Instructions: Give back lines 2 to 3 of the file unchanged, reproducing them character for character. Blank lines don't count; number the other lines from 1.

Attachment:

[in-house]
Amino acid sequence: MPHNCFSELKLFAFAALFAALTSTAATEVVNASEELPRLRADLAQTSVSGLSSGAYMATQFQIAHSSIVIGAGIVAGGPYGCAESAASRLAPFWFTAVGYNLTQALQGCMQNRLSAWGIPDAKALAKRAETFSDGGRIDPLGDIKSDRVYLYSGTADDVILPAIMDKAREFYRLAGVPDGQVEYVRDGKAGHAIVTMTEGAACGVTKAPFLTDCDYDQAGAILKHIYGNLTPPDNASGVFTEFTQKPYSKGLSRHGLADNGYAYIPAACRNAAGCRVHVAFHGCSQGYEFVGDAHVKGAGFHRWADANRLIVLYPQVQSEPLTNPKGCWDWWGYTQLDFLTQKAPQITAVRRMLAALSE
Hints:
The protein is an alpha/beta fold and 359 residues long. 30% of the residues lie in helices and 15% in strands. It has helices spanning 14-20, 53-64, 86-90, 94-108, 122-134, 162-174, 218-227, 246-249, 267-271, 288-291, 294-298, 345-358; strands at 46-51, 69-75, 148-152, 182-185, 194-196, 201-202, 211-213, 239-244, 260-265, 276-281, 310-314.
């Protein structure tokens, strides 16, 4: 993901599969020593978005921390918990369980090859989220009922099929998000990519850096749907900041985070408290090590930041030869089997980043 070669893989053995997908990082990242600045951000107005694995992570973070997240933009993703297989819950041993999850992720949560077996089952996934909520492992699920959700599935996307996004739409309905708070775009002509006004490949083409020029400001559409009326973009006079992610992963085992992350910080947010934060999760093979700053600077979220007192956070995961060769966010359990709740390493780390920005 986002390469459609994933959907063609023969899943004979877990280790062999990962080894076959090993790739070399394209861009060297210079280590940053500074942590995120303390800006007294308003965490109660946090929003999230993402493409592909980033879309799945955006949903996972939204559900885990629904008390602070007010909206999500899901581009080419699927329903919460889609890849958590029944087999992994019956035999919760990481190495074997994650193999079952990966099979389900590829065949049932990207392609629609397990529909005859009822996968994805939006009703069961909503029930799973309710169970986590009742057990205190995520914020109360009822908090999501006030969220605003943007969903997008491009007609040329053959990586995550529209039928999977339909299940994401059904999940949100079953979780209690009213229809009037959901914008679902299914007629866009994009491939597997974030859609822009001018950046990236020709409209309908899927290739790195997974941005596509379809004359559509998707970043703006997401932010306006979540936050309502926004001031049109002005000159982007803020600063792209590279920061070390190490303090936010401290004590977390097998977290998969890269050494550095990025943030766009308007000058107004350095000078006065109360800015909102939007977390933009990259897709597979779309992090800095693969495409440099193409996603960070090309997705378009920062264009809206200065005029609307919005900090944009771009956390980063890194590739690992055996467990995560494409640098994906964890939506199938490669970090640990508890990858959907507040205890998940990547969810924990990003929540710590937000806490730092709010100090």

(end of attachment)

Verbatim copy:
Amino acid sequence: MPHNCFSELKLFAFAALFAALTSTAATEVVNASEELPRLRADLAQTSVSGLSSGAYMATQFQIAHSSIVIGAGIVAGGPYGCAESAASRLAPFWFTAVGYNLTQALQGCMQNRLSAWGIPDAKALAKRAETFSDGGRIDPLGDIKSDRVYLYSGTADDVILPAIMDKAREFYRLAGVPDGQVEYVRDGKAGHAIVTMTEGAACGVTKAPFLTDCDYDQAGAILKHIYGNLTPPDNASGVFTEFTQKPYSKGLSRHGLADNGYAYIPAACRNAAGCRVHVAFHGCSQGYEFVGDAHVKGAGFHRWADANRLIVLYPQVQSEPLTNPKGCWDWWGYTQLDFLTQKAPQITAVRRMLAALSE
Hints: